GREAT FALLS - During this time of the year, trick-or-treaters across the state are preparing their costumes to celebrate Halloween. However, for fans of cosplay, or costume play, getting into character means a whole lot more.

"It's a confidence booster. It's something that I never thought I would be able to do," said Katie Rhodes, wearing a steampunk inspired Star Wars costume she made entirely from scratch. For her and many others, conventions like the Great Falls Gaming Rendezvous gives them a chance to flex their creative muscles and express themselves through clothes based on works of fiction, like movies, books and video games.  

Rhodes, who’s from Missoula, said she’s been cosplaying for over 20 years, since the initial release of the Star Wars prequels during the late 1990s and early 2000s.  

"[It] kind of [gave] me an excuse to wear my Jedi robes to school," said Katie. "Cosplay lets me be someone else, it lets me create something else."

As a hobby, how one person views cosplay can be entirely different from another’s.

"It's a chance for people to be who they are," said Michael Kilbey, who also suited up in a hand-crafted costume based off the designs of Star Wars’ clone troopers. He manages GFGR’s emergency cosplay repair station, in case costume wearers face any last minute costume malfunction.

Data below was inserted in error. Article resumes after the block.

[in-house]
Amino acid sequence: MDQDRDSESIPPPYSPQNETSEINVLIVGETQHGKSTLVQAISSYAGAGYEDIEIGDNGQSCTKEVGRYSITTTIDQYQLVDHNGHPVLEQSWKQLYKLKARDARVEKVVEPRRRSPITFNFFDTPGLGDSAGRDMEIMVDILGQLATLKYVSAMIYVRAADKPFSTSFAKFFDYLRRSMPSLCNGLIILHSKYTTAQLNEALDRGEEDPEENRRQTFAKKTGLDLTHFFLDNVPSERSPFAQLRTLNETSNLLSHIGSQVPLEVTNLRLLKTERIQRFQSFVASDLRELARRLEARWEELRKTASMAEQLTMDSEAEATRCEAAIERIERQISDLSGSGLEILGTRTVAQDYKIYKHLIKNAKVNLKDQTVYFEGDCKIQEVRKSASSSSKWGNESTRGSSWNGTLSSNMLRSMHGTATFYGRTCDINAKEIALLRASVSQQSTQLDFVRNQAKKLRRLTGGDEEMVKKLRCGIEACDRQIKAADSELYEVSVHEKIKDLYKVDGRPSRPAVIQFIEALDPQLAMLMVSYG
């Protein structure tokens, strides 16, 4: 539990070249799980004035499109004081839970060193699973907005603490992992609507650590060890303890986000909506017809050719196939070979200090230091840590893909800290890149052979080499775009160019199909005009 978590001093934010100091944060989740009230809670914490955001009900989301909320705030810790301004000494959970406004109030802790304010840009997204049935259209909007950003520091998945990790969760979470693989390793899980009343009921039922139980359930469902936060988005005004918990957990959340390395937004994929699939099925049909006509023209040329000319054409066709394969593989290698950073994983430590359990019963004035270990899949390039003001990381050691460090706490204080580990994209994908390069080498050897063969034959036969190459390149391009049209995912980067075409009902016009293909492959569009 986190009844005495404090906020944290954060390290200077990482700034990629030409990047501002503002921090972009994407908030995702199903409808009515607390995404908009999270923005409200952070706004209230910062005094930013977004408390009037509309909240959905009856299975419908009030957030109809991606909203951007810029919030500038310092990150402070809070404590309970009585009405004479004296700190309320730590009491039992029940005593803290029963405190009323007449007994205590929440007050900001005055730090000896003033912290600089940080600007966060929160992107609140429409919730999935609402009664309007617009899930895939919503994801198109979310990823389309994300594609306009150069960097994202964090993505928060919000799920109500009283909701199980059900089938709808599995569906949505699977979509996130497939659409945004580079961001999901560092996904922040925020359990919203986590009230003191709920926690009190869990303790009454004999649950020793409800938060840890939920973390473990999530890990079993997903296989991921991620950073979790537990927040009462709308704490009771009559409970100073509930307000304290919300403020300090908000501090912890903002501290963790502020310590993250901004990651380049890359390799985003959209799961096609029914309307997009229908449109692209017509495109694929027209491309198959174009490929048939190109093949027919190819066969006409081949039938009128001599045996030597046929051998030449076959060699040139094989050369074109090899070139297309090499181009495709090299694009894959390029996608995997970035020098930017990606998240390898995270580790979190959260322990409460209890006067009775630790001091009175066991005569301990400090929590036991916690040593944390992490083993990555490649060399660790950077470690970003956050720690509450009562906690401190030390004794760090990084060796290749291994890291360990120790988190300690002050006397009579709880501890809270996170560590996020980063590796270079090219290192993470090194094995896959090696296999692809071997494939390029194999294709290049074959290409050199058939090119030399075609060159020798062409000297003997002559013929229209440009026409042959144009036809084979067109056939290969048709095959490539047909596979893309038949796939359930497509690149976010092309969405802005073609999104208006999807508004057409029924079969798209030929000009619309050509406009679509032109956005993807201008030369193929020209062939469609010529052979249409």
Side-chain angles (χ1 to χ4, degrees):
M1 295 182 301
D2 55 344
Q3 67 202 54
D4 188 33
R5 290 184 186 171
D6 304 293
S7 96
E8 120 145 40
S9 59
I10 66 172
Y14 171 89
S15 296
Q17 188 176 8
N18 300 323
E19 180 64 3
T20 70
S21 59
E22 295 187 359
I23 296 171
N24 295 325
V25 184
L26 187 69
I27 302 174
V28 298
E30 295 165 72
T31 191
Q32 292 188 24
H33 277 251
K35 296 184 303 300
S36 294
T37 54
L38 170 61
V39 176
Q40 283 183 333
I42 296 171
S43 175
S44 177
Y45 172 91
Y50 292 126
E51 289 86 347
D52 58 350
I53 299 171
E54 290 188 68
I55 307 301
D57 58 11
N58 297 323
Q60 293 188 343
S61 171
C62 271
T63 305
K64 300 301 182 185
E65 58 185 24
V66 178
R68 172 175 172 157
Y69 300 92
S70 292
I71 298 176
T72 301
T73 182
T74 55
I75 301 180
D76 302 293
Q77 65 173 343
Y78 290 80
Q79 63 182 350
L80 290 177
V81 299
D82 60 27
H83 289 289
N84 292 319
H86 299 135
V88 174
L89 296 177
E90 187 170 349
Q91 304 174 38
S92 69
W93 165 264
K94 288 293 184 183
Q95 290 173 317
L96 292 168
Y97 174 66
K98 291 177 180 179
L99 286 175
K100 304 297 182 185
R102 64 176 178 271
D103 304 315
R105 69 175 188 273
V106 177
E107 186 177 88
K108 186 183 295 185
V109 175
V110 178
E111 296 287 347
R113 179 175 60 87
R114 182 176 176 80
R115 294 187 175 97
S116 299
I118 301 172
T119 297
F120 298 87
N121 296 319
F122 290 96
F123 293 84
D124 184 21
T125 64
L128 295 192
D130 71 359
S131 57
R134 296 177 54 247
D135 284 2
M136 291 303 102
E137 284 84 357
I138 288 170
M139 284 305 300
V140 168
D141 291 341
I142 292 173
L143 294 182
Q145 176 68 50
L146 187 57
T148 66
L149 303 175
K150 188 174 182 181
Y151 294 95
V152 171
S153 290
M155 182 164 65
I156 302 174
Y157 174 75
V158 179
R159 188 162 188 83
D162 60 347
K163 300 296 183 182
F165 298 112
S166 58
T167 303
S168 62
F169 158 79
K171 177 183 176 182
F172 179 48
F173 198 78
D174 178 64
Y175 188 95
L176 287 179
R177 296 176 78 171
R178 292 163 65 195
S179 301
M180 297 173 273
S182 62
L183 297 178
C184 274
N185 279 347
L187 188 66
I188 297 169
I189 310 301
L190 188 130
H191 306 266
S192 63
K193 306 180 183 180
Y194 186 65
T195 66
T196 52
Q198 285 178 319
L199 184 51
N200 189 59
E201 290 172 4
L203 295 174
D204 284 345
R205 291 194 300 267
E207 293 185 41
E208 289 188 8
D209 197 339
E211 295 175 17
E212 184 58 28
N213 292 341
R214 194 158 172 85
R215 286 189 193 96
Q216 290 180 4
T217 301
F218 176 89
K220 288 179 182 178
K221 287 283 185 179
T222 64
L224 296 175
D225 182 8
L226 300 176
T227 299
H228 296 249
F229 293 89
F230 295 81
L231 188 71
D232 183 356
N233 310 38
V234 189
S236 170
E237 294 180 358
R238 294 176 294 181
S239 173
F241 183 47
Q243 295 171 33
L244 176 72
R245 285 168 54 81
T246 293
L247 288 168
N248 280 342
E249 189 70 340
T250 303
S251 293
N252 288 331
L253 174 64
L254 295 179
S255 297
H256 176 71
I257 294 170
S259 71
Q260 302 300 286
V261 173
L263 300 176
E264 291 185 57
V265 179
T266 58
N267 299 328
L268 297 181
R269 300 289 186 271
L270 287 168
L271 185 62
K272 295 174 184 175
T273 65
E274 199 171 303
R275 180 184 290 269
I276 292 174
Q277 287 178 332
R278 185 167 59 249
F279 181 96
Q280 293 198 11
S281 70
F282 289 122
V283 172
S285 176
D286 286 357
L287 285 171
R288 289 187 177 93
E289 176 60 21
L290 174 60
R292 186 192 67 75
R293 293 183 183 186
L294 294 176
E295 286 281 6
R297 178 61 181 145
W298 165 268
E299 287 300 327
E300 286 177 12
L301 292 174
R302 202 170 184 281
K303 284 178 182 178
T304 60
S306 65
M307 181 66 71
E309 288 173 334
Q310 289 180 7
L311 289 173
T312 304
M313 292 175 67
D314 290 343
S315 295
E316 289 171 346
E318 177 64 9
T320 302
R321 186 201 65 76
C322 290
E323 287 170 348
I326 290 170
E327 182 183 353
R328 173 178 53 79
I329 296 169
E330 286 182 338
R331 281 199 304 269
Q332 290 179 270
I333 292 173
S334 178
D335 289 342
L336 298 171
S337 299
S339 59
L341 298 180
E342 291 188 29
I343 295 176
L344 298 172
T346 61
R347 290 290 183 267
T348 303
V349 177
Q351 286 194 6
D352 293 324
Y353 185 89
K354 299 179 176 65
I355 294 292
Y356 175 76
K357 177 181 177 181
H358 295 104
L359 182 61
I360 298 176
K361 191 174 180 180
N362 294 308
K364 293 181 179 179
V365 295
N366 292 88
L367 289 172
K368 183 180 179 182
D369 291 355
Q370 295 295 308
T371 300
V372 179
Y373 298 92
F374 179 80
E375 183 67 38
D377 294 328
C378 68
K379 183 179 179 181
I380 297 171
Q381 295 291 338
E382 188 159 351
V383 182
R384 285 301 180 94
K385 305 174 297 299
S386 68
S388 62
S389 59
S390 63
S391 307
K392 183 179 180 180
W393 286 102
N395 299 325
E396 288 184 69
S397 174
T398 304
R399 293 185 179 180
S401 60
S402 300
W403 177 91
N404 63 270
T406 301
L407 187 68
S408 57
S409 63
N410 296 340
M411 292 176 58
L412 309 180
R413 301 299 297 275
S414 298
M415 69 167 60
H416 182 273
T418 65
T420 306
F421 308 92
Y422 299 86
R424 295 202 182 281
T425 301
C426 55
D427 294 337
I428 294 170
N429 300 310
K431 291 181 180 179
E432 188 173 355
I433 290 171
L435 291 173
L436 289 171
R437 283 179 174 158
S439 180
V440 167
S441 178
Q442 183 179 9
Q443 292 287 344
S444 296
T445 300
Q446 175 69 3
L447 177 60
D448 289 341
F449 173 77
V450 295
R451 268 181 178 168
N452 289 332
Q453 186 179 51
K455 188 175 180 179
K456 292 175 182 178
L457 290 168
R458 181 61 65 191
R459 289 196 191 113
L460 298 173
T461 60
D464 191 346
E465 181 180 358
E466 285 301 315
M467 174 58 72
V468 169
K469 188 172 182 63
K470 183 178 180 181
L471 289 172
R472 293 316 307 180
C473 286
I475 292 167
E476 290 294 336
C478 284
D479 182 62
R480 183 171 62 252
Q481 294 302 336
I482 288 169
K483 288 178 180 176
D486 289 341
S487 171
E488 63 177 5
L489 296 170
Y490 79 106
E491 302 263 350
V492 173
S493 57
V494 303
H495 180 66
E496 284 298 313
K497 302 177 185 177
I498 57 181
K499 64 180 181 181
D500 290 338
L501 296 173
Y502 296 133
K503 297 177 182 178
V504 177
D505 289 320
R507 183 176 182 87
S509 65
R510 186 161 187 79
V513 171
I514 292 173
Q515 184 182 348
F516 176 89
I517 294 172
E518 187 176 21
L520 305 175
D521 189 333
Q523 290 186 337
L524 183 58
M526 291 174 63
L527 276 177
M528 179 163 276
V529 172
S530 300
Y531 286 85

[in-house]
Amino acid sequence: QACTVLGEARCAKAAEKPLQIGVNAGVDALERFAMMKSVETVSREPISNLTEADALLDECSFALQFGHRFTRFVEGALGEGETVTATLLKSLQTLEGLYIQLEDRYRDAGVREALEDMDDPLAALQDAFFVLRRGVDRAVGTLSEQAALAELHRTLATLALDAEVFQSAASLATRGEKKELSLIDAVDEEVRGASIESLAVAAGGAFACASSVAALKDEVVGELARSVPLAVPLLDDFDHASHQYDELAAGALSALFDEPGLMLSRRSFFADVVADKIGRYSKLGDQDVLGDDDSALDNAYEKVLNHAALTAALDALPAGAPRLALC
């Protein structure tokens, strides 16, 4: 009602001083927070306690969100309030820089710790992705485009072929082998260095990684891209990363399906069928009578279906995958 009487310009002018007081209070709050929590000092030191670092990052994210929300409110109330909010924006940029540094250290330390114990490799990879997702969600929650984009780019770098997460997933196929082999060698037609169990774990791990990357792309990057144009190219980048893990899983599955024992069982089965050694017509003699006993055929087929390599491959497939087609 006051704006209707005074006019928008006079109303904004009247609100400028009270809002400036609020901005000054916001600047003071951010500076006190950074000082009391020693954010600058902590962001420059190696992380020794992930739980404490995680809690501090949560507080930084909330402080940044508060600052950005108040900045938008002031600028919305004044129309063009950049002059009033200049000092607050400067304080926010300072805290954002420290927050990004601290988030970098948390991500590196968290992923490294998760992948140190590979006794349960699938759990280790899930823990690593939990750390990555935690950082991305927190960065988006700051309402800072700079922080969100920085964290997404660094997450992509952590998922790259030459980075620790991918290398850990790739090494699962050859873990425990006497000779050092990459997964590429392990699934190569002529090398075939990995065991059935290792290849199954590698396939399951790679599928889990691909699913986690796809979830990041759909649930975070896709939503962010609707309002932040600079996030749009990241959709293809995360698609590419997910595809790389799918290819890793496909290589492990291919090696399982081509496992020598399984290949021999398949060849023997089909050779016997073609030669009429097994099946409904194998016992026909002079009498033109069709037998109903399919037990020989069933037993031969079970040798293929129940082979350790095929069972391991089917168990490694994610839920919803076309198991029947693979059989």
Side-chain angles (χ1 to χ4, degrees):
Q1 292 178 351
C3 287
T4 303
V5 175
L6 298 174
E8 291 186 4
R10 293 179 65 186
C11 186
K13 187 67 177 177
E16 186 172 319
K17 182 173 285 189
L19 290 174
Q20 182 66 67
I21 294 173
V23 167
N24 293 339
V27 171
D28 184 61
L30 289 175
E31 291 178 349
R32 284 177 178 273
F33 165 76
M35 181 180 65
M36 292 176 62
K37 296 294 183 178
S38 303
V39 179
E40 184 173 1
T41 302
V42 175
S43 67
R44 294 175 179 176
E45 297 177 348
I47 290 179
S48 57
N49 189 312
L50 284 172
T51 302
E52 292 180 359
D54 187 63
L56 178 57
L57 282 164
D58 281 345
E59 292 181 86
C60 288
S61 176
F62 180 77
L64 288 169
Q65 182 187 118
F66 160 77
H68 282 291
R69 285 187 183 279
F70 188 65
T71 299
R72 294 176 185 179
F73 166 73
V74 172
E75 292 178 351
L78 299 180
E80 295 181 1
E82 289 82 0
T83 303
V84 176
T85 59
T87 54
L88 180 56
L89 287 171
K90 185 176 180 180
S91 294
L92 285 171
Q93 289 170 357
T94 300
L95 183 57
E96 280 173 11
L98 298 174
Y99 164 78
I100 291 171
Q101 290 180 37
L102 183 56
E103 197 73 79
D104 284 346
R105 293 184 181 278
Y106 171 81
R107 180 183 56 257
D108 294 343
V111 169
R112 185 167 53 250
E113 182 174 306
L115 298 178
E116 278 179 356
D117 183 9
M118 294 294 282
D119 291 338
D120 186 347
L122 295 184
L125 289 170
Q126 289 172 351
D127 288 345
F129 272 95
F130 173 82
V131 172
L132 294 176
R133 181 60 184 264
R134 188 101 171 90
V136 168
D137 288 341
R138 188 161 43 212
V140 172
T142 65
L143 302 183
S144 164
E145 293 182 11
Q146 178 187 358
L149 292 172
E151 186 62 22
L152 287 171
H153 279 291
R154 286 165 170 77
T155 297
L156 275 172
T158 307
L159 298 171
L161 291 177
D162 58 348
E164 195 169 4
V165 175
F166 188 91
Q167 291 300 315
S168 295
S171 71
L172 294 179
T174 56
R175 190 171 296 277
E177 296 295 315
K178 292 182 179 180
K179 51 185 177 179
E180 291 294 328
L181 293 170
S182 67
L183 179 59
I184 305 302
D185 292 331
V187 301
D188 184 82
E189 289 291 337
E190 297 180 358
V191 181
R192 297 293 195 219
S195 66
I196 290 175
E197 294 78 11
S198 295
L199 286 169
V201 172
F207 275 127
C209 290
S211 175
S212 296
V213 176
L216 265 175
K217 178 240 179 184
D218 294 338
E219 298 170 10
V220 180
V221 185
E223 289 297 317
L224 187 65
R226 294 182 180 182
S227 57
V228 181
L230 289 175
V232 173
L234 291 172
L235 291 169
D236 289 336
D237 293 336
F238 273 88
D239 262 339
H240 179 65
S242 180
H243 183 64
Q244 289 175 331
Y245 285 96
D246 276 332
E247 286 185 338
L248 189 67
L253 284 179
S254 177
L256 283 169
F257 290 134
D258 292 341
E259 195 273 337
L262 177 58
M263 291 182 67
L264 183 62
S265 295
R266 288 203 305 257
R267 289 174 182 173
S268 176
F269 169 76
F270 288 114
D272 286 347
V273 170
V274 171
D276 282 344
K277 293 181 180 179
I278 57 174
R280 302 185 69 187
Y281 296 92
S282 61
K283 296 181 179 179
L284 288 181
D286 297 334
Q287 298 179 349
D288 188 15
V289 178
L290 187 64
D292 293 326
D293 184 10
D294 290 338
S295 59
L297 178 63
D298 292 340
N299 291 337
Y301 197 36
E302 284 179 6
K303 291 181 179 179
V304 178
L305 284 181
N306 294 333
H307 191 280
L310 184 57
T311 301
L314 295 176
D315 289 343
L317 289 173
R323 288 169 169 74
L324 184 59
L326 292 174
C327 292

"It's fun to see 'Oh, let's look at this other person's costume and see how they made it," said Harvey Fulbright, who’s cosplayed for roughly six years with his brother Cody. Both decided to attend GFGR in full costumes based on video games, with Harvey in a Heartless costume from the Kingdom Hearts, and Cody in one based on the Assassin’s Creed series of games.

If you're looking to try out cosplay crafting for yourself, GFGR hosts a few educational panels, like the one on prop building, for anyone to get a taste of the experience.

"Those in attendance will actually be working with foam and adhesives and learning the basics. So any little tips or tricks that I can share, go a long way," said Jacob Firman, a GFGR panelist who taught guests Friday on how to create foam-based weapons and armor in his foamsmithing workshop,

While many choose to make their cosplays from scratch, there’s no standard for how any one costume should be. You can buy/commission them online, or it can be as simple as wearing anything that’s readily available in your closet. It really depends on you. 

If you’re curious and want to try the hobby, Kilbey said it’s important to always remember, “It's your dream, it's your fantasy it's your character. Live it to its absolute fullest. Enjoy it while you can."

GFGR started Thursday, and will go on through to Sunday evening at Holiday Inn Great Falls.


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